To invading Romans Germanic tribes lived in small bands and were more familial with large bands sleeping in the same thatched housing. Many Germanic tribes slept indoor with their animals. There were no towns, just an assemblage of cottages, and impenetrable thick forests many with dark verdant interiors covered overhead with brush. These elegiac forests birthed the fears that were the impetus for the stories we hear of vampires and werewolves and other frightful beasts.

 

The Romans who grew up essentially as city boys, this was untenable, just a hoary and dreadful black forest to cross. Roman legionnaires had never seen forests. Romans could not fight in forests. They required semi-flat plains where they could make their complex legion formations, and had plenty of room to run cavalry. Deployment to Germania was a lot like a current day military posting to Minot Air Force Base in South Dakota: Cold, desolate and a punishment all in one. Similarly, when Germans saw Rome, they were speechless.

 

But Rome needed to expand. It is the operating system of Empires to expand. It is the quickest way to glory and money and power and influence. But Naval fleets ate up all the timber in Italy, and there was little to oppose the Roman legions across the Rhine. So expand it did.

 

Prior to the first century, Roman troops invading Germania would hold children of prominent tribal chiefs hostage. They were raised as Romans, taught Roman ways and expected to behave as Romans. In return the Romans occupied the land of the tribes and would visit no violence upon them. Not optimal, but it served Rome’s purpose and from time to time satisfied the needs of the tribes for peace. Armenius, son of Segimerus the Cheruscan king was one such child taken by the Romans and raised in the Roman military. There, he thrived and triumphed.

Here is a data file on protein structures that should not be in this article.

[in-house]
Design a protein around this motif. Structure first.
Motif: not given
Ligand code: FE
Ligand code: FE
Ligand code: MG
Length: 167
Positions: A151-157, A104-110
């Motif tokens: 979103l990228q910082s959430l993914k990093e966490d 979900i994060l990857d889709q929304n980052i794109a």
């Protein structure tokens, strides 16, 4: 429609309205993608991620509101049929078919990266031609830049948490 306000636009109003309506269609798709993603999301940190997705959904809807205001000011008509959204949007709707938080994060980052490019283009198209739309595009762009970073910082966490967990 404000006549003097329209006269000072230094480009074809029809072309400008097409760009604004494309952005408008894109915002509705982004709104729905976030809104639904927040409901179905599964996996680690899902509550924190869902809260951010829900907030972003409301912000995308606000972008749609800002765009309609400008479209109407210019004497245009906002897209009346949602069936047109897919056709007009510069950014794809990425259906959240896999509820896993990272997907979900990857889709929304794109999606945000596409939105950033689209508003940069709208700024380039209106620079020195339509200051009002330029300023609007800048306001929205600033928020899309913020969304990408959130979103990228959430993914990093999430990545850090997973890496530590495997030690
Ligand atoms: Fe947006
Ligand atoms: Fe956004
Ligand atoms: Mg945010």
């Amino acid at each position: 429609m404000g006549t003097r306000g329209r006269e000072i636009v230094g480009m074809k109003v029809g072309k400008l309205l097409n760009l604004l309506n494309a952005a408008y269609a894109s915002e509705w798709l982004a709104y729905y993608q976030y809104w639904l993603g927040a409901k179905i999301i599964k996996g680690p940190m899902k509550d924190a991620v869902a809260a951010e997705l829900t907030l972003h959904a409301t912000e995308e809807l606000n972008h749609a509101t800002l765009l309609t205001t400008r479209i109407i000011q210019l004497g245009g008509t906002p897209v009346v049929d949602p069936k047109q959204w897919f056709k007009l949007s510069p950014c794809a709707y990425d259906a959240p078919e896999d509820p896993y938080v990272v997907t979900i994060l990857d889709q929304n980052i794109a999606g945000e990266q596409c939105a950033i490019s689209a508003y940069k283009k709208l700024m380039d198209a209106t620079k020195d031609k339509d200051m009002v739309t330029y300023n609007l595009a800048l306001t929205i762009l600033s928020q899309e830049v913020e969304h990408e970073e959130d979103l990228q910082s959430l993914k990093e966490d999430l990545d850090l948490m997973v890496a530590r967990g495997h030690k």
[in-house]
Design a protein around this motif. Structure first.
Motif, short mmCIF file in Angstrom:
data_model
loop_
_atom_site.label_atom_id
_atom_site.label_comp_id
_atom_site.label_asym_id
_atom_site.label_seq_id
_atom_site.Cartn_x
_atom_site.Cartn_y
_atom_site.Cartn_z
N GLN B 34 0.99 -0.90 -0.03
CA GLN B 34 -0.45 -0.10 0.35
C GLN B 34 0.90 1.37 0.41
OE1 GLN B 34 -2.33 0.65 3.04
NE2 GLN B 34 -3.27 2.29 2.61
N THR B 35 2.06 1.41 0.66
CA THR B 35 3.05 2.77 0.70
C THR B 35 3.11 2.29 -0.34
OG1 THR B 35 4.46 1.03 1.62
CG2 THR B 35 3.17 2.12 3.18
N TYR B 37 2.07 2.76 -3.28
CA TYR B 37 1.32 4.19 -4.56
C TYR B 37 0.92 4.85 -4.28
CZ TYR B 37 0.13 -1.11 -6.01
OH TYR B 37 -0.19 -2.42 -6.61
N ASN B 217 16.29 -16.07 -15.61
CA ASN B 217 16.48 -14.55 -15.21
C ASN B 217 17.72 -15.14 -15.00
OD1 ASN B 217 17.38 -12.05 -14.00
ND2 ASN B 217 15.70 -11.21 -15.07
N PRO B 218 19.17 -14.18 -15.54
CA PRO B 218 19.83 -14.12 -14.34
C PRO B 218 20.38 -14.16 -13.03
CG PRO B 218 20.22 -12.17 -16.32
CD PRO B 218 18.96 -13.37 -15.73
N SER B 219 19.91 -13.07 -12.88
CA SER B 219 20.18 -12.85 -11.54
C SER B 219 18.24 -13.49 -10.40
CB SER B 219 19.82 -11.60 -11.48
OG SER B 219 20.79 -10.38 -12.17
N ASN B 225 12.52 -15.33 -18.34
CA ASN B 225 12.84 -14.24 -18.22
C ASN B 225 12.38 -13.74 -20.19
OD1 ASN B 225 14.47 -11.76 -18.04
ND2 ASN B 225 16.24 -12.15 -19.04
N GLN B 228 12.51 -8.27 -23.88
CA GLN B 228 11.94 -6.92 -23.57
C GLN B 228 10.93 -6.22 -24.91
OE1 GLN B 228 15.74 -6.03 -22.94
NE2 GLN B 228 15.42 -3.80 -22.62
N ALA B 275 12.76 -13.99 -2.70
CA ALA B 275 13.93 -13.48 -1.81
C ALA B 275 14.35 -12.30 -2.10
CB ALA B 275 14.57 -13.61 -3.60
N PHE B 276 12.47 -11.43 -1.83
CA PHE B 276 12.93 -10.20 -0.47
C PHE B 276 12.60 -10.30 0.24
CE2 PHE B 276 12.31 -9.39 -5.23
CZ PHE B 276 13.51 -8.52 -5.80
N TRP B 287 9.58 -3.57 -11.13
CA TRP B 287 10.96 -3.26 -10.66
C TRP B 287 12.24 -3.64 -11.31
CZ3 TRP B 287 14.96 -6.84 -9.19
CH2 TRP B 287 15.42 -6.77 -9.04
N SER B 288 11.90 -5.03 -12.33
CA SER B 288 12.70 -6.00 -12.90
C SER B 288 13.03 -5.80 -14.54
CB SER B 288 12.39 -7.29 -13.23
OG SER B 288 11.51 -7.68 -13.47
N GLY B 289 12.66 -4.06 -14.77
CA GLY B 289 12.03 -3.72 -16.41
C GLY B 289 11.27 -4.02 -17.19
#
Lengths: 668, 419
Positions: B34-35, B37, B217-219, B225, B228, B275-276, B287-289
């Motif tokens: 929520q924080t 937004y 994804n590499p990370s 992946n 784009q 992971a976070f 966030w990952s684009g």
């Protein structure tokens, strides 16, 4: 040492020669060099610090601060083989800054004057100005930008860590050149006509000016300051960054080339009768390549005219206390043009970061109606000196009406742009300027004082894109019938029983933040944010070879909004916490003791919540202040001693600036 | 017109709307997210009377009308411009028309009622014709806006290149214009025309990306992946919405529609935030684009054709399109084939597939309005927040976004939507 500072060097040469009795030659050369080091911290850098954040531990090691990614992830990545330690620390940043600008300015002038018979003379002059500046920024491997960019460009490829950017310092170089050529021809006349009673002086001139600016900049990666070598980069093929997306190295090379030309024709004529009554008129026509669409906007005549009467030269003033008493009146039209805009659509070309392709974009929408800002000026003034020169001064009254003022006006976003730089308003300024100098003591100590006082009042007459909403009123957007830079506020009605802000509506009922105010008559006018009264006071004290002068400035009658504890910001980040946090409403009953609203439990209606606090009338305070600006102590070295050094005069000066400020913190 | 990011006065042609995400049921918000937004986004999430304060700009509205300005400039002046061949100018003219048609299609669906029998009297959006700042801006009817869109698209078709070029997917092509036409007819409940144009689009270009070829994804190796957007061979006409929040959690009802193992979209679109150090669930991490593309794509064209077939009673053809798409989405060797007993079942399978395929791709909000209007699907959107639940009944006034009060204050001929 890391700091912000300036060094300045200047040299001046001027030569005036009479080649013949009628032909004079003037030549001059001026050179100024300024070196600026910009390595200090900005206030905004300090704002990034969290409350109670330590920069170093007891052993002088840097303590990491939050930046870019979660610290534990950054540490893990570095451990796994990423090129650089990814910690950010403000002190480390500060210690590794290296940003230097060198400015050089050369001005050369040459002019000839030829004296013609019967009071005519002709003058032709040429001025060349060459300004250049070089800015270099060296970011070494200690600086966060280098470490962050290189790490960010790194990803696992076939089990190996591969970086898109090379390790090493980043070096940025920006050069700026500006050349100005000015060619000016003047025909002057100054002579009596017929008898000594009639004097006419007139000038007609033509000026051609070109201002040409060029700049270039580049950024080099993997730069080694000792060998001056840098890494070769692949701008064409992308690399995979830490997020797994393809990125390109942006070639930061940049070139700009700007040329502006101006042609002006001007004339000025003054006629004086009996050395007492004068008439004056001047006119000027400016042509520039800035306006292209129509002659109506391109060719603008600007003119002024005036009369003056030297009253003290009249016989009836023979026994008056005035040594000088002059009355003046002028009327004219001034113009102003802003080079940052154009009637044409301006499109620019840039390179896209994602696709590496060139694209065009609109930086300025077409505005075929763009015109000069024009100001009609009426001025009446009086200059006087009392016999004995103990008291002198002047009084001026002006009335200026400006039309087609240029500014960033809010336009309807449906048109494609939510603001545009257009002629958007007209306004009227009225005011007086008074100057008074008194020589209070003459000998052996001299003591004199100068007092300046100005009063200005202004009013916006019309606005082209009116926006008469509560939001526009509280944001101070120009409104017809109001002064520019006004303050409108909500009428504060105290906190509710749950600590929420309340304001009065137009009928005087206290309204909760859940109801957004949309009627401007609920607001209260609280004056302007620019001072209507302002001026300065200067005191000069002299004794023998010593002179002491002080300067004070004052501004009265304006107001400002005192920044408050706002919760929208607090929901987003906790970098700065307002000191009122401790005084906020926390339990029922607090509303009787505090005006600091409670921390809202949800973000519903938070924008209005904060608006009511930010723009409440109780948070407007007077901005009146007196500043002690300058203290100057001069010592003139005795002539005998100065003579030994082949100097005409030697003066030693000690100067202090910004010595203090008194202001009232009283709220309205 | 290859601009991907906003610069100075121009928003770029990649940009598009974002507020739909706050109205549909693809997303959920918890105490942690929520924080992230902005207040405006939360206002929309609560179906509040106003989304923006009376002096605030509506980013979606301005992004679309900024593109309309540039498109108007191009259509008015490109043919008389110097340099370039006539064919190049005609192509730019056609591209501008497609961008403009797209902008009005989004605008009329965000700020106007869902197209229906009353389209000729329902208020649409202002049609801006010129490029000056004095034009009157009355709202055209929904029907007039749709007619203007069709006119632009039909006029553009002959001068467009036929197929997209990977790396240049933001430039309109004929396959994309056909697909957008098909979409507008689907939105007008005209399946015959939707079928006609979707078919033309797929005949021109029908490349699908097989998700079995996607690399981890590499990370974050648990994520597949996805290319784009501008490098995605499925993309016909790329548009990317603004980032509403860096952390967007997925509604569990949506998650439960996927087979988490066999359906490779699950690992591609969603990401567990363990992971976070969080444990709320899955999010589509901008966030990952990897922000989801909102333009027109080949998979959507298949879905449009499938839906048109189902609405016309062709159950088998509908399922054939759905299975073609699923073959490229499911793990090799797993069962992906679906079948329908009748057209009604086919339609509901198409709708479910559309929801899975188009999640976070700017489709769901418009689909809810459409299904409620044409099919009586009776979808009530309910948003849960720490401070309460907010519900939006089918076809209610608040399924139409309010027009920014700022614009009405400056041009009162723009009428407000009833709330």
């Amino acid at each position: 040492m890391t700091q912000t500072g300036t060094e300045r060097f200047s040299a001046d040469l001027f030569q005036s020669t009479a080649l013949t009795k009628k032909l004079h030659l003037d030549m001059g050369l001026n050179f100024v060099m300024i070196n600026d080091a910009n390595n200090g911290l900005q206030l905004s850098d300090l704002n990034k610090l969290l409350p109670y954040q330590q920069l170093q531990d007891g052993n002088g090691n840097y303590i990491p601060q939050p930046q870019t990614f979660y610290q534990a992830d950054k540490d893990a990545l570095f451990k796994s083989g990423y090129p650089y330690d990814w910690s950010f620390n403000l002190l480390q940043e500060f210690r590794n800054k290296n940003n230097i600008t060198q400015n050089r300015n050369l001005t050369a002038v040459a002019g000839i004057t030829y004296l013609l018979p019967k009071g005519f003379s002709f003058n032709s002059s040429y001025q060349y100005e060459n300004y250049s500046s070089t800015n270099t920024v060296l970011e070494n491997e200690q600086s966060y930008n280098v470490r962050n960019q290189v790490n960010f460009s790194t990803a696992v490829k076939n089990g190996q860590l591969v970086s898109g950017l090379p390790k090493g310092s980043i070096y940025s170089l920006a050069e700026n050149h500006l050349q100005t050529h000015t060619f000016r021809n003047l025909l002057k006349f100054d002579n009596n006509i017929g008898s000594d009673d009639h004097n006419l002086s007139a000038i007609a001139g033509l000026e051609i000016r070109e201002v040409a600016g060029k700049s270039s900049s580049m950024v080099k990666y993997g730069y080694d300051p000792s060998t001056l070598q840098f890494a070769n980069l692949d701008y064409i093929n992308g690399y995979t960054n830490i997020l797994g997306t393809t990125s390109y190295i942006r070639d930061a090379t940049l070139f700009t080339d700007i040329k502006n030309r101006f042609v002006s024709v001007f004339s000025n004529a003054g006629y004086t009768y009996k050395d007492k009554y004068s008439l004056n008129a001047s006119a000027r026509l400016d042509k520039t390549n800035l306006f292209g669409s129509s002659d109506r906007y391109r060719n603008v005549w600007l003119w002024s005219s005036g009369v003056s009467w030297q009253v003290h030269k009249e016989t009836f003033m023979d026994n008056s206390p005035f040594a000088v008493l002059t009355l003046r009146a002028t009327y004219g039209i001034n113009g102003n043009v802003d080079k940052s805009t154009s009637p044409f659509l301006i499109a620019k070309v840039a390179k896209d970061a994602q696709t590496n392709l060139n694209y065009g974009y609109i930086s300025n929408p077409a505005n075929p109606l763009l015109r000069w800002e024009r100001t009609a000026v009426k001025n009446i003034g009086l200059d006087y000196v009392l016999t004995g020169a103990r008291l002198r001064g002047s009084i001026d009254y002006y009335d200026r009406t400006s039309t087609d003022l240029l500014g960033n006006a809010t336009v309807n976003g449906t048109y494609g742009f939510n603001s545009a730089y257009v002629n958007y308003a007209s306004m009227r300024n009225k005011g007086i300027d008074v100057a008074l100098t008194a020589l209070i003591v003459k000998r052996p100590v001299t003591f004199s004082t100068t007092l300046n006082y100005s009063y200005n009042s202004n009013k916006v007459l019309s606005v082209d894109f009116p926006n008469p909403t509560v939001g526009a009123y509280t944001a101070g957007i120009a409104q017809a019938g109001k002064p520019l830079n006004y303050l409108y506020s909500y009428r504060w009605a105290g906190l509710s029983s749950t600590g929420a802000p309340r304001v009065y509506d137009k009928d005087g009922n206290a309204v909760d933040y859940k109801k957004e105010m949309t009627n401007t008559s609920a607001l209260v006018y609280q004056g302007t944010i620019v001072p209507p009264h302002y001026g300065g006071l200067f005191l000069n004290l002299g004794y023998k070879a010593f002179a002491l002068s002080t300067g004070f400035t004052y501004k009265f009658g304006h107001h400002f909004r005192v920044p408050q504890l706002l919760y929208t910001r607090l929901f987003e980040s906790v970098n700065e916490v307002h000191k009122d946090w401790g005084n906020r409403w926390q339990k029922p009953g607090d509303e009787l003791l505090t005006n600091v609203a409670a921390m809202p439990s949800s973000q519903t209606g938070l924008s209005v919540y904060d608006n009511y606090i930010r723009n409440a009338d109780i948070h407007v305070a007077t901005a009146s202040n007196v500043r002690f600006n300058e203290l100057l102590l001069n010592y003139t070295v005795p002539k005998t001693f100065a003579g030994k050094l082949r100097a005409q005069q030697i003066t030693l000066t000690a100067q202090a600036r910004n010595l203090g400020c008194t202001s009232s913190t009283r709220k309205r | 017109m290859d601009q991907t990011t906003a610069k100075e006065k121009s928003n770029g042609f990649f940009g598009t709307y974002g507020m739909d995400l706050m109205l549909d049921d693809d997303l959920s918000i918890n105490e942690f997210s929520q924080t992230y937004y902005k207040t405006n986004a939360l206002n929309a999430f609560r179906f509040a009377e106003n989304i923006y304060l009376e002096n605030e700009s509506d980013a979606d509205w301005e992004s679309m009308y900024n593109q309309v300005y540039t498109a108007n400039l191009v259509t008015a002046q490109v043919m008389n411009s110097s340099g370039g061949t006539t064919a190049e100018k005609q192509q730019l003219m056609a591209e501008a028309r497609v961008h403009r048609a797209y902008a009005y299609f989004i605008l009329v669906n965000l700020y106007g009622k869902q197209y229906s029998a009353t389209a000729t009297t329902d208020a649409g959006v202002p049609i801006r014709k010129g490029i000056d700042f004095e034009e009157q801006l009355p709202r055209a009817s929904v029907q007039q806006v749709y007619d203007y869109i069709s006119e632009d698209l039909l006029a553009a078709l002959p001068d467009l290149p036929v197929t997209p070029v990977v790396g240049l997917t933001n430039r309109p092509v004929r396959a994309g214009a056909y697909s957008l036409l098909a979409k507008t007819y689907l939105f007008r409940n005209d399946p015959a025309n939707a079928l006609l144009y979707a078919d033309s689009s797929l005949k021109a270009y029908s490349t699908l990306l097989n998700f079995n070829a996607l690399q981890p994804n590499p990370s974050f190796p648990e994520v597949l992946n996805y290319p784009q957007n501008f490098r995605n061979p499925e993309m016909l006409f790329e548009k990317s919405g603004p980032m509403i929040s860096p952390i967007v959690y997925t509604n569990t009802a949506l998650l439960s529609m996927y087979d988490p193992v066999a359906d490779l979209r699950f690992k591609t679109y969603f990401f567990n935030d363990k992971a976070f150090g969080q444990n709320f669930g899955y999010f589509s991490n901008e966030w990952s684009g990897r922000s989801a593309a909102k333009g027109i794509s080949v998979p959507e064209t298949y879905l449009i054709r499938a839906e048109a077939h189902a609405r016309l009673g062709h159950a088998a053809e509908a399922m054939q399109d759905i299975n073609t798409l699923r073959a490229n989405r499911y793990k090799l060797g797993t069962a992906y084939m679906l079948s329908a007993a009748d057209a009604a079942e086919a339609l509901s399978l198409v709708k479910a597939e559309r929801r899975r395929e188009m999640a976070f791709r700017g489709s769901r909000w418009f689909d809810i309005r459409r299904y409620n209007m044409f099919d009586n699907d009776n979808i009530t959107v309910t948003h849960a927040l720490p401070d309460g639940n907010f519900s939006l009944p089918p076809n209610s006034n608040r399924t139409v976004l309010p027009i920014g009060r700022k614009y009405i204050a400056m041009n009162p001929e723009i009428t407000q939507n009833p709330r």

This was social engineering Roman style. By developing citizenized tribesmen, they could inculcate Roman ways of thinking and Roman ways of living into the tribe culture. Romans would find it easier to hold sway in future dealings with tribes who had children that had gone native.

 

Armenius was a child and remembered the drive through the tenements where the city workers lived, the prostitutes hung out, and then on into the rich city and its teeming inhabitants, its mix of smells and tall buildings. Parade routes criss-crossed, good hard roads connected everything, and water ran in fountains and pools. People were shaven, clean and wore clean linens. People lived in the buildings around him above the ground. This was the other end of the world to a Germanic tribesman.